Ereignis: 0, (Max.: 500+)

[...]of nature =/= types of subject matter, methods of investigation
interest in irregularities (=/= end of 17th century interest in nature's uniformity and order)

Lazarus exhibition, the parasitic twin (the italian conjoined twins who toured freak shows in 17th century europe)

(Daston --> a case study of) the changing relationship between popular & learned culture

legal status of monsters
infanticide in antiquity

earlier tradition of interest in monster:
Aristotle --> Albertus Magnus
divine sign --> Cicero, Augustine, Isidore of Sevill
cosmographical & anthropologic --> Solinus

monsters in a context of a whole natural phenomen (bestiary):
earthquakes, floods, volcanic eruptions, celestial apparitions, strange rains (of blood), stones, and miscellanea

(monsters --> shift from) signs of God's wrat --to--> signs of nature's fertility
(by the end of 17th century) --to--> comparative anatomy and embryology (teratology)
(from) اعجوبه prodigy --to--> examples of medical pathology

*peasant and professional had participated to a significant extent in a shared culture of intellectual and religious interest* ---->{
(literate culture evolved far more rapidly ==> sharpening of social boundaries of)
city dwellers =/= peasants
urban literate elite =/= unlettered day laboure
--> for the educated layman: (religious associations of) monsters = another manifestation of popular ignorance and superstition --fostering--> uncritical wonder =/= sober investigation of natural cause

animating power footnote feeling metamorphic transformation desire think imagine attention difference worlding interruption story [source: Adilnor Collection - al-Jawahir al-Khams] prodigy --> contrary to nature --> attributable directly to God (divine displeasure)
-the sunne shal suddenly shine againe in the night, and the moone thre times a day. blood shal drop out of the wood, and the stone shal give his voyce [...] There shalbe a confusion in many places, and the fyre shal oft breake forthe, and the wilde beastes shal change their places, and menstruous women shal beare monstres[...]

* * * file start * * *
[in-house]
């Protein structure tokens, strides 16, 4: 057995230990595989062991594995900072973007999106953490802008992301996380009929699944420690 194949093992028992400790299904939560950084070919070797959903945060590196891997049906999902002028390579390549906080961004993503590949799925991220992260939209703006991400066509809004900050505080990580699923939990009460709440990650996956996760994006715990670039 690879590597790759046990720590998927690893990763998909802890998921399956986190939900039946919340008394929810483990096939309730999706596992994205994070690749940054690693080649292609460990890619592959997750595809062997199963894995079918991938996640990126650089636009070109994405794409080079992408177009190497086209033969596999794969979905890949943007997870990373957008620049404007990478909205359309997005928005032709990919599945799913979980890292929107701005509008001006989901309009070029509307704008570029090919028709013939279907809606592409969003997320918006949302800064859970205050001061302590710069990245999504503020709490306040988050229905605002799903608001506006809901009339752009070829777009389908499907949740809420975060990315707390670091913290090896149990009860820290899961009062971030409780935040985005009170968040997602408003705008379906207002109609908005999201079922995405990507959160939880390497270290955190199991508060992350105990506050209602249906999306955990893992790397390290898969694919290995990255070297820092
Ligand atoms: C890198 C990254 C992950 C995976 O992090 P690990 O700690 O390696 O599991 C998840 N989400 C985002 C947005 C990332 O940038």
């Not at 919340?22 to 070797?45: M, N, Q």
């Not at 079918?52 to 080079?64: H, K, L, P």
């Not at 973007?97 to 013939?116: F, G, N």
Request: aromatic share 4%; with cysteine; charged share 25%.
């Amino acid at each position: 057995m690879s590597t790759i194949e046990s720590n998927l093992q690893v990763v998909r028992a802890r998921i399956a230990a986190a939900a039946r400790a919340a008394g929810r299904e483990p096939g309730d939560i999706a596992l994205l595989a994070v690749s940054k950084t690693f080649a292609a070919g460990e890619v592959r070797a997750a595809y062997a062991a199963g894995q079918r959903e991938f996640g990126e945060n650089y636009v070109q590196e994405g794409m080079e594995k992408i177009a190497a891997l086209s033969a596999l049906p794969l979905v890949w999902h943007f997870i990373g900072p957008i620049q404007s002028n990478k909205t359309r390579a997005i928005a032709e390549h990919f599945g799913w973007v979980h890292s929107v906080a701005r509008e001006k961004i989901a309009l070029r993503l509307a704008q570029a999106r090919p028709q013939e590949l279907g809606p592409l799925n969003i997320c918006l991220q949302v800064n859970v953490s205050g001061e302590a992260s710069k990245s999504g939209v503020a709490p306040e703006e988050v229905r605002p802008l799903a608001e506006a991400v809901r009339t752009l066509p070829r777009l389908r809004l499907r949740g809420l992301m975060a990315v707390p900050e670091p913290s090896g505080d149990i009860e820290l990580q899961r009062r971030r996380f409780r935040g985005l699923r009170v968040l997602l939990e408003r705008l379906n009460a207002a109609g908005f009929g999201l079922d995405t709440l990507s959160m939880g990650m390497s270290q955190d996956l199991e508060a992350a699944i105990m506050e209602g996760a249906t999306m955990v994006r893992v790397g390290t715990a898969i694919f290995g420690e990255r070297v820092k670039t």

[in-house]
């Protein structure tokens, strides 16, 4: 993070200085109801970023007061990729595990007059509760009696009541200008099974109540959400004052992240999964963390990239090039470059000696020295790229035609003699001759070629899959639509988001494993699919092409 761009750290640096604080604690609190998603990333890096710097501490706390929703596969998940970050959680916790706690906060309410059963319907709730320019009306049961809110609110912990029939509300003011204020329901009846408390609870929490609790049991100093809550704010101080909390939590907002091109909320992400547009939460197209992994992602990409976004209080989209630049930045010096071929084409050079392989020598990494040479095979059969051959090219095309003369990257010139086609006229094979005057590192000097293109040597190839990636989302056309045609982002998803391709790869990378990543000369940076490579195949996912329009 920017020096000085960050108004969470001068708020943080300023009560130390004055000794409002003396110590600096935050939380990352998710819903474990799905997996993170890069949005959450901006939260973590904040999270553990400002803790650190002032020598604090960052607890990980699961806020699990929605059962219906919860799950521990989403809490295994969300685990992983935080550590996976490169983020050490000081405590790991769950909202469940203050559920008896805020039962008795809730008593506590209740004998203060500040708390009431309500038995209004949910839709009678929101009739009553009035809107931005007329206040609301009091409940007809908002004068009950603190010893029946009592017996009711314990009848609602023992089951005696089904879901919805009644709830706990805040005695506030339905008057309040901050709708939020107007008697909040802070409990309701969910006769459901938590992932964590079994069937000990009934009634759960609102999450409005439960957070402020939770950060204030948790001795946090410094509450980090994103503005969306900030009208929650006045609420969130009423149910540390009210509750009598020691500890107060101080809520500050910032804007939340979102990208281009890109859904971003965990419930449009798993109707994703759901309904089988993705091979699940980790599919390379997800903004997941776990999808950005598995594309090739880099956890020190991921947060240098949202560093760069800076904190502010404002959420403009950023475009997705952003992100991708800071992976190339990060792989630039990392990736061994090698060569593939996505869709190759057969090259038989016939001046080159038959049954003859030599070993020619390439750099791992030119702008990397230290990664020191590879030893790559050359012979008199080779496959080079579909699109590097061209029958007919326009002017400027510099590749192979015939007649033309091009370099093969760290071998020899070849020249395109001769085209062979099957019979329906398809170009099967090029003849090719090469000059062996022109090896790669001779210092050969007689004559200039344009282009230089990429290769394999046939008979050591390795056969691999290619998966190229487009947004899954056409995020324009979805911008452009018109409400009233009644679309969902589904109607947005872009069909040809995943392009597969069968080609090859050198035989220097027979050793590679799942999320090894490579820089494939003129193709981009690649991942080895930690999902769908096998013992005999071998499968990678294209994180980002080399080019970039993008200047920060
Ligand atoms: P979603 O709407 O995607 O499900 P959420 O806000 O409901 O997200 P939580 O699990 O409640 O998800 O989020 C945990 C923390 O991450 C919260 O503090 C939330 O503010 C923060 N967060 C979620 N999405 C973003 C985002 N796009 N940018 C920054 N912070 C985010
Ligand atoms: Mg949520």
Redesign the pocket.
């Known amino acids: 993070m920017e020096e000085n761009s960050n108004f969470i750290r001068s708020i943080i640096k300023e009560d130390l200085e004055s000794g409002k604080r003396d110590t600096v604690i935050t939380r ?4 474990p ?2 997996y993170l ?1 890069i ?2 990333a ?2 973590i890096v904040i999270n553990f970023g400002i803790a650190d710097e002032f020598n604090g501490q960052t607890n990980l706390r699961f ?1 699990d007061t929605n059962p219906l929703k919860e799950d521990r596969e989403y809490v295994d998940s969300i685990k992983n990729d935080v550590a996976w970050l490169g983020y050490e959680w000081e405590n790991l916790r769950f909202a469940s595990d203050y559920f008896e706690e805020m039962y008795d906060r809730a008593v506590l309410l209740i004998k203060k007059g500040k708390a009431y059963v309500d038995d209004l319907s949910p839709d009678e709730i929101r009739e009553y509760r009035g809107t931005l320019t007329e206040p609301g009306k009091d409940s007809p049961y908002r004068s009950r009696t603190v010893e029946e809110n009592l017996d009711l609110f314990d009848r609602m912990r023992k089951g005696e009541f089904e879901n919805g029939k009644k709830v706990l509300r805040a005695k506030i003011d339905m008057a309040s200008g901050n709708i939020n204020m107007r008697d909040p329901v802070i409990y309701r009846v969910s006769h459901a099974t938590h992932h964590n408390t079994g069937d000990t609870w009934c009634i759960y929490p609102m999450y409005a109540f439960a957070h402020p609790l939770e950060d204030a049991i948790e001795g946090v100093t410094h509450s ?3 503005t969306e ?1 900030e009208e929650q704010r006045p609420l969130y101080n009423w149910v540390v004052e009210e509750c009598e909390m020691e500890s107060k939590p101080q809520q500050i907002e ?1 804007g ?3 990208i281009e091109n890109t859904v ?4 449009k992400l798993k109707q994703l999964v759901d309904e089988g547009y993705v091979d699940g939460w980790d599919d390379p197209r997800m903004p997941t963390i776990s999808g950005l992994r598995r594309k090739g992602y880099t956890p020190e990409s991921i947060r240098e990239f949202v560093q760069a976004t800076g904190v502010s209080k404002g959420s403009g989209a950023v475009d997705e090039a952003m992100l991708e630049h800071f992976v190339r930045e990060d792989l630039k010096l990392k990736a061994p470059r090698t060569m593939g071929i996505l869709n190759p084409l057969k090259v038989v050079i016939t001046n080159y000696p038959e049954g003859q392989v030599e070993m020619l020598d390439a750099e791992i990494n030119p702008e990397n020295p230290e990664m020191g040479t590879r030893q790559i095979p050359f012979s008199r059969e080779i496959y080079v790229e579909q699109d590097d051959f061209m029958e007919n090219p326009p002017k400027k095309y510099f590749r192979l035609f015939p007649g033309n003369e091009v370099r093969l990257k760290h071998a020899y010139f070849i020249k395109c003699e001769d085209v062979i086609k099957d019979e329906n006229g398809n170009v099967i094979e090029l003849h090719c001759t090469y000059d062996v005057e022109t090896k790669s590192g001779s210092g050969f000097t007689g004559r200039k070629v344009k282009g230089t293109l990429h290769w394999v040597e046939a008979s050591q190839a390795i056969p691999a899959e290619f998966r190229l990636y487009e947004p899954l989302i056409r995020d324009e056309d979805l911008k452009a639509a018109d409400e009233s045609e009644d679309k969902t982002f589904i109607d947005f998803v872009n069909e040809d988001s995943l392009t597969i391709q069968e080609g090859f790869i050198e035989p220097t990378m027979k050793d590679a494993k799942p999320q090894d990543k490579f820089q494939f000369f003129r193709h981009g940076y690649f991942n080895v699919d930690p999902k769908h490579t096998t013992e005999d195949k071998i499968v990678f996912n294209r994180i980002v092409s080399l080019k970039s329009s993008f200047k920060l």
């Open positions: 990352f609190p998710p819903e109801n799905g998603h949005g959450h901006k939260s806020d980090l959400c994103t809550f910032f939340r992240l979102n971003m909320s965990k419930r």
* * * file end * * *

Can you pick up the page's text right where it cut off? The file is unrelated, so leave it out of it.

monstrum = prodigium ==> monstrat [monstro: i wonder --> i indict --> i teach, demonstrate] = god's will
apocalyptic association --> world reformation, the overthrow of the wicked --> vindication of god's elect

(bestiaries were a lot commentaries)

various bestial parts...

bestial vices and errors (of...)

ephemeral literature
displayed and recited publicly
characteristically illustrated
appeal through spoken word & image to the illiterate

Pierre Boaistuau [<== Peucer, Lycosthenes, Swiss surgeon Jakob Rueff, naturalist Konrad Gesner, Pierre Belon]
histoire tragique
histoire prodigieuse (monster literature, bestiary?)
two-headed woman seen in Bavaria in 1541
three-legged Siamese twins from 1552
calf without forelegs reported in 1556
celebrated monster of Cracow

ghoulish tone, religious didacticism, erudite آموزنده, monsters as polemical weapons
nature's wonder?--> to “discovre the secret judgment and scourge of the ire of God”

The Scripture sayth, before the ende
Of all thinges shall appeare,
God will wounders straunge thinges send,
As some is sene this yeare.
The selye infantes, voyde of shape,
The calues and pygges so straunge,
With other mo of suche mishape,
Declareth this worldes chaunge.

...monsters began to lose their religious resonance
it was unlawful to “delight” in the undesirable
portentous meaning of monster

(from) fear --to--> delight
(from) prodigy --to--> wonder
(from) sermon --to--> table-talk
(from) horrible, terrible, effrayable, espouventable --to--> strange, wonderful, merveilleux (marvelous جالب)
(from) final cause --to--> proximate cause (physical explanations and the natural order)
}==> nature began to assume the role of an autonomous entity with a will (and sense of humour of her own) ~~> natural wonder

wonder literature ([lavishly illustrated bestiary, cosmography, travel literature, geological curiosa, herbal and astrological lore,] of later 16th and 17th century Daston) --> secularization of an interest in (monsters as) prodigies